• The euro-area economy kicked off 2022 on a weak footing, with pandemic restrictions taking a toll on confidence and growing fears that Germany may be on the brink of a recession for the second time since the crisis began. A sentiment gauge by the European Commission fell to 112.7 in January, the lowest in nine months, driven by declines in most sectors and among consumers. Employment expectations dropped for a second month. The report follows grim news from Germany showing output in the fourth quarter shrank 0.7% — more than twice as much as economists predicted. On the bright side, France and Spain reported faster-than-expected growth.
  • Hong Kong is considering expanding its vaccine mandate to include premises including shopping malls and public transport, HKET reported. Singapore will increase enforcement of its social distancing rules over the Lunar New Year holiday next week in an effort to mitigate the spread of omicron. China reported two new coronavirus cases among Olympic teams. Germany’s seven-day rate of infections rose to a record. San Francisco removed an indoor mask mandate for offices and gyms, provided people prove they are up to date on vaccinations and boosters, starting Feb. 1. Cases are soaring among dockworkers at West Coast ports, stretching capacityat the U.S.’s busiest gateway for shipping containers.
  • Russian Foreign Minister Sergei Lavrov said on Friday that the American proposal to defuse tensions with Ukraine contained “rational elements,” even though some key points were ignored. The seemingly calmer tone came after U.S. President Joe Biden warned of a possible Russian attack next month during a phone call Thursday with his Ukrainian counterpart, Volodymyr Zelenskiy. They also discussed ways the U.S. could offer financial support to bolster Kyiv’s economy. Russia has denied it intends to invade, despite massing thousands of troops, tanks and equipment near Ukraine’s eastern border.
  • Apple Inc. rallied in late trading after quarterly revenue sailed past Wall Street estimates, marking a victory against a supply-chain crunch fueled by the pandemic and chip shortages. Sales climbed 11% to a record $123.9 billion in the fiscal first quarter, the company said Thursday. Analysts had predicted $119.1 billion on average. Profit also beat projections, and the company predicted that sales would grow by a double-digit percentage in the March quarter. The surprisingly strong results suggest that fears of supply upheaval were overblown. Apple Chief Executive Officer Tim Cook had warned late last year that shortages could cost the company more than $6 billion in sales during the all-important holiday period. But the tech giant navigated the crisis and benefited from a flood of new products, including the iPhone 13, Apple Watch Series 7 and updated Macs.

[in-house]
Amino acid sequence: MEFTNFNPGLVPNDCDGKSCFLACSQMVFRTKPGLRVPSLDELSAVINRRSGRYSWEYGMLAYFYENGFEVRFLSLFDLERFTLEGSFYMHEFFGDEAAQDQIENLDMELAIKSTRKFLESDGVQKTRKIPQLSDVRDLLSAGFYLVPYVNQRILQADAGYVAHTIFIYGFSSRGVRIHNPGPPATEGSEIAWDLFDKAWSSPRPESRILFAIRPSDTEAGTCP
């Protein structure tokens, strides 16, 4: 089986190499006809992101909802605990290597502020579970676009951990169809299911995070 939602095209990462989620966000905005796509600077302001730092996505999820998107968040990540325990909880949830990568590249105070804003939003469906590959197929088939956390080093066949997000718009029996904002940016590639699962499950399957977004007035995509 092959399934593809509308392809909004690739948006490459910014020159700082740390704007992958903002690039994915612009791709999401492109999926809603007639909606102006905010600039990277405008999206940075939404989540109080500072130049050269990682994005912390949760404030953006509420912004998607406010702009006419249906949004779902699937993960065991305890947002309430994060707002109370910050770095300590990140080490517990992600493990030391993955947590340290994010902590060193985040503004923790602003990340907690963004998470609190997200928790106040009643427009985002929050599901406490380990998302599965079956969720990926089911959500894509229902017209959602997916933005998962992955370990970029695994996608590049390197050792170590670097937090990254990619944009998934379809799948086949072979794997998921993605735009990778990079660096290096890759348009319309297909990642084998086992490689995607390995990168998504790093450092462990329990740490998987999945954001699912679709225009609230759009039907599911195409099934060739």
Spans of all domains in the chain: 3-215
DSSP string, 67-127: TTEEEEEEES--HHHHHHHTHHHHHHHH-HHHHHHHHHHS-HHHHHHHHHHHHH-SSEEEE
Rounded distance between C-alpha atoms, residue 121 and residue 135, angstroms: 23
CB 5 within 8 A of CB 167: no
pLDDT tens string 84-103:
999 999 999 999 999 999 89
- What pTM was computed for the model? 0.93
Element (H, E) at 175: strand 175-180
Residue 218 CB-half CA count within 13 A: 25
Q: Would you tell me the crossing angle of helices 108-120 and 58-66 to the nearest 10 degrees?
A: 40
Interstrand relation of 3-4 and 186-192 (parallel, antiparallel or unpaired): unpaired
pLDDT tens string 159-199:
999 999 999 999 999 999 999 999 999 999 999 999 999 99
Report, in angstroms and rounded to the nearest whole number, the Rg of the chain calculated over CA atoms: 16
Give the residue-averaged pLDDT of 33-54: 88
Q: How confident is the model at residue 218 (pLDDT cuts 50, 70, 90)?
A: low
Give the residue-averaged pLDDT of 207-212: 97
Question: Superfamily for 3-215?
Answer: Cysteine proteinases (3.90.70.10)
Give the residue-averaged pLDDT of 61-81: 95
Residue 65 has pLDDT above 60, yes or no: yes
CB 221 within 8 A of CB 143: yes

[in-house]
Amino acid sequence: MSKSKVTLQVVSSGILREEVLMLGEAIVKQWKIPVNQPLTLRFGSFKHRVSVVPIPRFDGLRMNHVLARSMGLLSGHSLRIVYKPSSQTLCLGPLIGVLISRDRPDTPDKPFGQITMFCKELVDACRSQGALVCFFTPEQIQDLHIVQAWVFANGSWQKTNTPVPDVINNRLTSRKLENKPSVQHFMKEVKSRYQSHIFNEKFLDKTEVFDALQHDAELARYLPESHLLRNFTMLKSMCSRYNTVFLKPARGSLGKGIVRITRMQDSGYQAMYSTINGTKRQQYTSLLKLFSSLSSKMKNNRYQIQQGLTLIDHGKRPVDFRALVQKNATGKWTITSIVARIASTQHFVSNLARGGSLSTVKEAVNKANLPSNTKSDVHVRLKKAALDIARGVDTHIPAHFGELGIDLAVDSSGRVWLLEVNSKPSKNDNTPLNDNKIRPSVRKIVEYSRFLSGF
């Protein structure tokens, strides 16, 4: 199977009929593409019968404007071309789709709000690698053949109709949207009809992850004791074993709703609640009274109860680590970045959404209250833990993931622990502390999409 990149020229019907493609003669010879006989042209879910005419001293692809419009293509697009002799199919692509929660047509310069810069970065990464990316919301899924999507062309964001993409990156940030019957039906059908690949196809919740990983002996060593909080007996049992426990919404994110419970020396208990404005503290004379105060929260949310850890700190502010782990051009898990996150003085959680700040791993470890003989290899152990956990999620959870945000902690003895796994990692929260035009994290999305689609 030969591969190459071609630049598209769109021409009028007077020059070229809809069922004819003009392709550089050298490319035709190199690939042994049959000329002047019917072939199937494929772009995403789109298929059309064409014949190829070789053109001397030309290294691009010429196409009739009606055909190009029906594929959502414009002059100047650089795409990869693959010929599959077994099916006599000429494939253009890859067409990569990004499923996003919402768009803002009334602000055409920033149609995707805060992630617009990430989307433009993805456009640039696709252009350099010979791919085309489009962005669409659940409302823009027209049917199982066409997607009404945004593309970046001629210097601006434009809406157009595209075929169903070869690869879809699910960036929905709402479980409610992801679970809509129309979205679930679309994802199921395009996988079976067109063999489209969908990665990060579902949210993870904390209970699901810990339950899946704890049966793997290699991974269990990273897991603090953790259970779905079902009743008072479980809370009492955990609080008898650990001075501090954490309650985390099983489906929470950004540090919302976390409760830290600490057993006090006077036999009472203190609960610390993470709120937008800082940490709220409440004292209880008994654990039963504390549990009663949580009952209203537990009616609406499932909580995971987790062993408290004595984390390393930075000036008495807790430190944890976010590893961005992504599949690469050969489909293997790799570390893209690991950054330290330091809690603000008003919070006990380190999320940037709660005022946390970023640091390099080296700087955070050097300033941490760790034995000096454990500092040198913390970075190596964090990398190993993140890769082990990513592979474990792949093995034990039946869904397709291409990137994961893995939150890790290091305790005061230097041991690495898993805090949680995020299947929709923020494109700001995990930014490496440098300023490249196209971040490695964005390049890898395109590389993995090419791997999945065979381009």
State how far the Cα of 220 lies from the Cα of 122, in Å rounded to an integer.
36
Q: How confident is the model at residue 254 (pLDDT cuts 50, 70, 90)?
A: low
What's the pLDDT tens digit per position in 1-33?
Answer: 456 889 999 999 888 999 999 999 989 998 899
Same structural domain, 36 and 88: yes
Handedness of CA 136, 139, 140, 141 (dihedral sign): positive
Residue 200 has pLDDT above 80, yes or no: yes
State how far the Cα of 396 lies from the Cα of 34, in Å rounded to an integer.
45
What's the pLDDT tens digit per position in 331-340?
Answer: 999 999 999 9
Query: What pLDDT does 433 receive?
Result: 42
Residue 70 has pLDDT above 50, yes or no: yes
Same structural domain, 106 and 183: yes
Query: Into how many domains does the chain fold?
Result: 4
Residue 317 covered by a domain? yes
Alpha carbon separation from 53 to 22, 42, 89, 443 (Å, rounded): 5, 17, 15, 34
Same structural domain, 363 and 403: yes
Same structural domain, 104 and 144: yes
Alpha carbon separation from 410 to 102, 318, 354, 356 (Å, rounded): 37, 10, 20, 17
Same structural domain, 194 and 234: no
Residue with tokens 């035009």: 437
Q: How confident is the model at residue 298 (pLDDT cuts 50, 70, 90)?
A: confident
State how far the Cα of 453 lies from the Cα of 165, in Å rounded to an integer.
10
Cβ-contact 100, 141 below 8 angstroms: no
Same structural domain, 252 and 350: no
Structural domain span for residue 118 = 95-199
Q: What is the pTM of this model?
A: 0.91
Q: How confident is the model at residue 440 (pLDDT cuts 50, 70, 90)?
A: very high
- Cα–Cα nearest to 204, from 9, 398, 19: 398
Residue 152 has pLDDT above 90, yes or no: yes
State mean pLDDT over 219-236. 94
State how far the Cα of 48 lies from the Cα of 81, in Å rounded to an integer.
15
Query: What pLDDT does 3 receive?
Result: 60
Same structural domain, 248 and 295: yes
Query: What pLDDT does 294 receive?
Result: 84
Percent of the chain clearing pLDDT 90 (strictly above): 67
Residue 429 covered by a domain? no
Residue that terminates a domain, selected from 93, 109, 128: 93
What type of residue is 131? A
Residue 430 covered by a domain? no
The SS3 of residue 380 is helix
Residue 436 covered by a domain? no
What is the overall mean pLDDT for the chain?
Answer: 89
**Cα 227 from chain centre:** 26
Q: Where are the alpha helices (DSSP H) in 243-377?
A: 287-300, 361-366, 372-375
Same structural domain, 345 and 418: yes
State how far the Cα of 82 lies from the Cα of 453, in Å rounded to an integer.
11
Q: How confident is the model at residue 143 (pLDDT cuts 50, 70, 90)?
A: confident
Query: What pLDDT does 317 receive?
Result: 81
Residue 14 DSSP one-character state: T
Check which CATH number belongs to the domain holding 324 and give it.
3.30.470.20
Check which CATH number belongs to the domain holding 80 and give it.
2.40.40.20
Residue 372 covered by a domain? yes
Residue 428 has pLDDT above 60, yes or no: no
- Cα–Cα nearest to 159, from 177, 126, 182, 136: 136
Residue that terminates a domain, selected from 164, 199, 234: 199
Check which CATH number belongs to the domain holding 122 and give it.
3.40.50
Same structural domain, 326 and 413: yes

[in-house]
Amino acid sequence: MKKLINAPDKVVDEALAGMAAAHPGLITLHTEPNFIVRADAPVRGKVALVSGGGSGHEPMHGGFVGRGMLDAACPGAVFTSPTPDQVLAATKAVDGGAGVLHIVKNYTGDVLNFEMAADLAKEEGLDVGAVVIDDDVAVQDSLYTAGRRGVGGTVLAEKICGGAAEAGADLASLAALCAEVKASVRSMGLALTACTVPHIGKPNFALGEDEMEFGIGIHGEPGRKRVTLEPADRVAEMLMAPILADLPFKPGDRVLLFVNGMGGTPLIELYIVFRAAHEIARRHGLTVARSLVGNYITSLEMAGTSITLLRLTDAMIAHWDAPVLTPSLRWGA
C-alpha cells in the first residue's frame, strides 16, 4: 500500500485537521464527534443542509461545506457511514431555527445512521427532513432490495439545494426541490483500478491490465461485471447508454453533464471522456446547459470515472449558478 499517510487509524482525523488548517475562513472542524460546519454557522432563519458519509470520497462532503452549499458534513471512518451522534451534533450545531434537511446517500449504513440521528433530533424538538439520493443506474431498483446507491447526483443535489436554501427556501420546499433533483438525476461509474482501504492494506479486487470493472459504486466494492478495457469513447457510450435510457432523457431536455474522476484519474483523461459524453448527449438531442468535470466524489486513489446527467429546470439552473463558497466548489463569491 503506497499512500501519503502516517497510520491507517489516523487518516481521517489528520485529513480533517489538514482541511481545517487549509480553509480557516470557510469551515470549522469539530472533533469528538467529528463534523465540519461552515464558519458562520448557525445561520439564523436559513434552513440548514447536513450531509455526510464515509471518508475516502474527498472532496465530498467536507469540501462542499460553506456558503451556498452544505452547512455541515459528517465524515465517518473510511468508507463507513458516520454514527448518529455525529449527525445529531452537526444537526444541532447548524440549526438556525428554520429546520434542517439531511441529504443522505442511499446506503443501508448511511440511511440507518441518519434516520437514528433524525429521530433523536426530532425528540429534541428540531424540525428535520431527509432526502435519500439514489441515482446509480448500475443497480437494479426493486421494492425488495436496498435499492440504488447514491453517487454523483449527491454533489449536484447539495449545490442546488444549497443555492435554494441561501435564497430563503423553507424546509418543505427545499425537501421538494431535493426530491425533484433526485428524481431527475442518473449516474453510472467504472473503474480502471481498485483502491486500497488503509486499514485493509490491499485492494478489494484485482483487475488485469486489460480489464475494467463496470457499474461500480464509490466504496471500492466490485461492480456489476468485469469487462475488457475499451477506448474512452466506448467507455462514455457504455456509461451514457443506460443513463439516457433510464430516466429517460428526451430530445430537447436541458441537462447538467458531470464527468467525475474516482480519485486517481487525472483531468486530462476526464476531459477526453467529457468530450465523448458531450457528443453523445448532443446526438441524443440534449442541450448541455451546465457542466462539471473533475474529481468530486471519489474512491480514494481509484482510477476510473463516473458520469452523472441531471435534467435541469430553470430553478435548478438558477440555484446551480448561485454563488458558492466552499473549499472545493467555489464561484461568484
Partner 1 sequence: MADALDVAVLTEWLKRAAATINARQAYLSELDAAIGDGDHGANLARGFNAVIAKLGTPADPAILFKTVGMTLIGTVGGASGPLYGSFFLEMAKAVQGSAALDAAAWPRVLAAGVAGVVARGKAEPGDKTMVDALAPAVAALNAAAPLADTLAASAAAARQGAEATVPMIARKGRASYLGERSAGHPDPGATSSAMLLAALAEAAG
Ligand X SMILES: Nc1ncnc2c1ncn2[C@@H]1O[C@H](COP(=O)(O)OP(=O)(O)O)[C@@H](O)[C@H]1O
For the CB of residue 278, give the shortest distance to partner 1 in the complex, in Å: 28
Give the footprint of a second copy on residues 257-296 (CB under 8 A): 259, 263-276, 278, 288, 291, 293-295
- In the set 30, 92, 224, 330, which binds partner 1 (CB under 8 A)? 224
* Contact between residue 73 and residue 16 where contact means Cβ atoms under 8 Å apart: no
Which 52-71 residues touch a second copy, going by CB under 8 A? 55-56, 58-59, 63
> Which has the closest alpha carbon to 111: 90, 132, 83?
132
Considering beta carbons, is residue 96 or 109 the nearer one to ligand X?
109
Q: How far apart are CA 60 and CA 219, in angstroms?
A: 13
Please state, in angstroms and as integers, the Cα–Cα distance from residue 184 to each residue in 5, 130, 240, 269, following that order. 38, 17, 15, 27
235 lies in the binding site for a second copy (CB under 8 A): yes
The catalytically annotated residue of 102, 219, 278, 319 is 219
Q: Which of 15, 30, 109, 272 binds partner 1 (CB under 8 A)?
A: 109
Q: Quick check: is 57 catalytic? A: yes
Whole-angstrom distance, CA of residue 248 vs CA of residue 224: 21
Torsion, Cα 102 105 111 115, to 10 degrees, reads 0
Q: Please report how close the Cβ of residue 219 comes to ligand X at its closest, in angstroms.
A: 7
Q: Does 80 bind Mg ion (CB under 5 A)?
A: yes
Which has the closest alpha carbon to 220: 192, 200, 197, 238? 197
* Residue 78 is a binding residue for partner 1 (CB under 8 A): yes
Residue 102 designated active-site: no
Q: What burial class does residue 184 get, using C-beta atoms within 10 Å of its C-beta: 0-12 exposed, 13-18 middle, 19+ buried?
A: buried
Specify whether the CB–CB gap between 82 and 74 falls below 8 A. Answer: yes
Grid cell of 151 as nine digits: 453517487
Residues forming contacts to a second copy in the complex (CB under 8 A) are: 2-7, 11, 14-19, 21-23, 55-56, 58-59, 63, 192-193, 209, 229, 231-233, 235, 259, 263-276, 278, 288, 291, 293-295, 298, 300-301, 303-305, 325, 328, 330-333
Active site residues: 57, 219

• LVMH SE shares surged after the luxury giant bounced back from the depths of the pandemic as customers snapped up items ranging from Christian Dior couture to Hennessy cognac. Revenue last year totaled 64.2 billion euros ($71.6 billion), the Paris-based company said late Thursday, topping the previous record set in 2019, before Covid-19 lockdowns closed stores and kept shoppers stuck at home. Analysts had expected revenue of 62.2 billion euros. The shares rose as much as 5.8% early Friday in Paris, lifting LVMH’s market value by more than 18 billion euros ($20 billion), to about 368 billion euros.
  • The brutal selloff this week isn’t scaring investors from putting their money in the stock market. In the week that pushed the S&P 500 Index to the verge of a correction, stock funds absorbed billions of cash. There’s “zero capitulation in equity positioning,” Bank of America Corp. strategists led by Michael Hartnett wrote in a note on Friday. The strategists, who track EPFR Global data, said equity mutual funds and exchange-traded products took in $17.1 billion in the week to Jan. 26. While it may sound counterintuitive that stocks can go down when fund flows are going up, it’s only a small part of what’s happening in the market, compared with flows in derivatives. Investors mainly track the data as a gauge of market sentiment.
  • Chevron Corp. posted disappointing profits after slumping values for some long-held fields hurt the oil giant’s ability to take full advantage of surging energy prices. The U.S. supermajor’s overseas upstream business and domestic refining network fell short of analysts’ fourth-quarter expectations by a combined $1.3 billion. Chevron is especially vulnerable to gyrations in foreign markets because they account for more than 60% of the driller’s oil and natural gas output. Chevron linked the earnings miss to the shrinking value of legacy assets including a stake in an Australian gas development known as the Northwest Shelf, which the company has been trying to sell since 2020. Higher royalty and tax payments tied to rising commodity prices also played a role, as well as the timing of some gas trades, Chevron said in a presentation on its website.